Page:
For the first time since leaving office, former President Barack Obama returned to the White House on Tuesday to join his former vice president — Joe Biden — in promoting the Affordable Health Care Act he signed into law 12 years ago.

Obama joined President Biden and Vice President Kamala Harris to deliver remarks on the Affordable Care Act, with Harris speaking first to applaud the anniversary and introduce the former president. Obama received a standing ovation and told a packed East Room, “It is good to be back at the White House.”

Before addressing the landmark legislation of his presidency, Obama cracked a few jokes, as he often did as president, opening his remarks by thanking “Vice President Biden.”

“That was a joke. That was all set up,” Obama said to laughter, walking back to give Biden a hug.

“I confess, I heard some changes have been made by the current president since I was last here,” Obama continued. “Apparently, Secret Service agents have to wear Aviator glasses now. The Navy mess has been replaced by a Baskin-Robbins. And there’s a cat running around, which I guarantee Beau and Sunny would have been very unhappy about,” he said to laughter, referring to the Obamas’ dogs.

Obama then pivoted to the purpose of his visit: to celebrate 12 years of the Affordable Care Act, saying it’s “an example of why you run for office in the first place.”

“We’re not supposed to do this just to occupy a seat or to hang on to power. We’re supposed to do this because it’s making a difference in the lives of the people who sent us here,” Obama said, before introducing Biden.

“My name is Joe Biden, and I’m Barack Obama’s vice president,” Biden joked, prompting more laughter in the room. “It feels like the good old days — being here with you brings back so many good memories.”

“Let’s be honest, the Affordable Care Act has been called a lot of things, but Obamacare is the most fitting,” Biden added with pride. “Obamacare.”

He went on to announce new steps the Biden administration is taking to build on the Affordable Care Act, including a new executive order he’ll sign Tuesday and a proposed rule from the Treasury Department to fix the ACA’s so-called “family glitch.”

“Once today’s proposed rule is finalized, starting next year, working families in America will get the help they need to afford full family coverage,” Biden said. “With this change, it’s estimated that 200,000 presently uninsured Americans are going to gain coverage. Nearly one million Americans will see their coverage become more affordable.”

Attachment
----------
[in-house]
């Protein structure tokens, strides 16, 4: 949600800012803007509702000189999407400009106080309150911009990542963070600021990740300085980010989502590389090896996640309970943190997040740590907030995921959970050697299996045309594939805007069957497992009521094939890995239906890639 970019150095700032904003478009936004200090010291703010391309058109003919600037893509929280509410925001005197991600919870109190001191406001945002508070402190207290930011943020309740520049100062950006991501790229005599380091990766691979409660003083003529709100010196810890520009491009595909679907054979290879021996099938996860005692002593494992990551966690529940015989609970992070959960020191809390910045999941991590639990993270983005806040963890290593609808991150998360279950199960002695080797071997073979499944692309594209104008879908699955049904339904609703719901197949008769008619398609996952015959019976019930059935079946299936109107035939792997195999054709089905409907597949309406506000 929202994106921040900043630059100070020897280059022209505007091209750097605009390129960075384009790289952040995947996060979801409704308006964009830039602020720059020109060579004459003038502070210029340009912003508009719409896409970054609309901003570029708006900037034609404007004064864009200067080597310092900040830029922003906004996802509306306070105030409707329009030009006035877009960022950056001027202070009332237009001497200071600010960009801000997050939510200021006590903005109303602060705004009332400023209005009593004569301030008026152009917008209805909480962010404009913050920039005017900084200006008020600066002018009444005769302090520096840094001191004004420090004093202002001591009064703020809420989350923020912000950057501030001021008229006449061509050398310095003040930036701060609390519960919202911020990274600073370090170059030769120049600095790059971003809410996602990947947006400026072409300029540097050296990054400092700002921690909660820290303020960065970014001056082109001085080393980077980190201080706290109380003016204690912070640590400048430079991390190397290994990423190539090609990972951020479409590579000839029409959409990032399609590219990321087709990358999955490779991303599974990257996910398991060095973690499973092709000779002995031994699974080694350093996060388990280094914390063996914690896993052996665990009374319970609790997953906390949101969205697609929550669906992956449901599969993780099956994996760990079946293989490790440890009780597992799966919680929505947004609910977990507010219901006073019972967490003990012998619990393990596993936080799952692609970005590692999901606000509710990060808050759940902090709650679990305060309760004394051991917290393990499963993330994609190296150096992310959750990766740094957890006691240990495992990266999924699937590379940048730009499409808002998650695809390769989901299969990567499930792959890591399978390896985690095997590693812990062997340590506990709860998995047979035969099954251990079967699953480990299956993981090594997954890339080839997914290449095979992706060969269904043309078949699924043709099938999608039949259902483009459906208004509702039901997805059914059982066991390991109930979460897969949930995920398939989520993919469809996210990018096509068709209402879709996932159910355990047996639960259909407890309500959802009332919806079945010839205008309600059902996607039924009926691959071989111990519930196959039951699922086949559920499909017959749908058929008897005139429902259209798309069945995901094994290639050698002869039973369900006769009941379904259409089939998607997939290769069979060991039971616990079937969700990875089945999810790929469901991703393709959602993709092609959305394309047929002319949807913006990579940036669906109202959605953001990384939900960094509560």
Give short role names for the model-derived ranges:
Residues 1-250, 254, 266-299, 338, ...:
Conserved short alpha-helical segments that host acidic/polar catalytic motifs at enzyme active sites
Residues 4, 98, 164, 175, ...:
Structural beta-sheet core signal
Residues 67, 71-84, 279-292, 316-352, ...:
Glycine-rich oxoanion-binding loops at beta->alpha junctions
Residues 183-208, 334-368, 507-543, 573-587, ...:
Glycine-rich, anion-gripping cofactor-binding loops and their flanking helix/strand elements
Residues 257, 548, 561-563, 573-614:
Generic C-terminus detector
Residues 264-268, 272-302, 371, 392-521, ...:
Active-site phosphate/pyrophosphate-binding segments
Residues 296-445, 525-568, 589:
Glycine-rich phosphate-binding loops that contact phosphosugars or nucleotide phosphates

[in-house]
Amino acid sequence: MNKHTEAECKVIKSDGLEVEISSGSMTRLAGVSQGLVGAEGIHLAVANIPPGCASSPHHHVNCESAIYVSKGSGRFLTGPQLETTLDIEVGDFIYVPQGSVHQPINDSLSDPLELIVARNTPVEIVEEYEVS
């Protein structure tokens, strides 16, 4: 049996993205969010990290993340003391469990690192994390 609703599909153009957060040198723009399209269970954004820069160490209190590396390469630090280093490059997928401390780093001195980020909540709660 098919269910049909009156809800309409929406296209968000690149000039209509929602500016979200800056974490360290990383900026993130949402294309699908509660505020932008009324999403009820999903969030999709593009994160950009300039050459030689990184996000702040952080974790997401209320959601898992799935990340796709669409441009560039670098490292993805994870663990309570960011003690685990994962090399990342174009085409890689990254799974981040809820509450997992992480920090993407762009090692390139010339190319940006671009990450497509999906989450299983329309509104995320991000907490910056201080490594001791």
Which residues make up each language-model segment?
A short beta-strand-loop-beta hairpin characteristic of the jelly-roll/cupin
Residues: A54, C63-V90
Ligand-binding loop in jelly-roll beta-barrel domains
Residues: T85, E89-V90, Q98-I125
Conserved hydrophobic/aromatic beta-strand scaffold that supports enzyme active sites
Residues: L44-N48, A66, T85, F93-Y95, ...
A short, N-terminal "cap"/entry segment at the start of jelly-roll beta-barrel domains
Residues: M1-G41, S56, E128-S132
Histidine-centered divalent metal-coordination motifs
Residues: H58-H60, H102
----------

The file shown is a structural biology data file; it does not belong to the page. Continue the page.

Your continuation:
Previewing Tuesday’s remarks, White House press secretary Jen Psaki said Monday that Obama and Biden would also have lunch at the White House Tuesday — “as they used to do on a weekly basis” — and added, “They continue to talk regularly.”

“They are real friends, not just Washington friends, and so I’m sure they will talk about events in the world as well as their families and personal lives,” Psaki said.

The visit from the popular former president comes as Biden struggles in the polls over his handling of 40-year-high inflation and soaring gas prices he’s pinned to the ongoing war in Ukraine.

Psaki said it’s “exactly the right time to have the former president come here — given this is one of the proudest accomplishments that they worked on together, they shared together.”

“And it is emblematic of their shared view and belief that government can work for people and it can work for the American people. And this is an example of building on a success from more than 10 years ago and making it better over time,” she added.

Psaki also said to expect Obama to return to the White House again soon for his presidential portrait unveiling “and perhaps other engagements here in the future,” she said.

Since Biden took office, the administration helped to lower health care premiums for 9 million Americans through the American Rescue Plan, Psaki noted Monday, “the biggest expansion of affordable health care since the ACA.”

“We’ve made affordable health coverage more accessible during the pandemic through the opening of the special enrollment period, which enabled nearly 3 million Americans to have access to newly sign up for coverage under the ACA,” she said. “And President Biden has overseen the most successful open enrollment in history last year with the historic 14.5 million Americans signing up for ACA coverage and another million people signing up for the basic health care program.”

Tuesday marks Biden and Obama’s first joint appearance since attending the 20th anniversary of the Sept. 11 attacks last fall in New York and their first joint event in Washington since Biden’s inauguration in January 2021.

Back in 2010, when the pair celebrated the ACA’s passage, Biden was caught on hot mic applauding Obama at the White House for what he called “a big f****** deal.”

Paraphrasing the memorable moment, a senior administration official told reporters of the change Biden is announcing Tuesday, “to borrow a phrase, this rule is a — is a big deal.”

“We think it’s the most significant administrative action to improve implementation of the ACA that we’ve taken since the law was first implemented,” the official said.

The rule would begin to take effect beginning Jan. 1, 2023, and Americans will be able to sign up to get financial assistance during the next open enrollment period.

As of last year, about 31 million Americans had health care coverage through the ACA, according to the Department of Health and Human Services.



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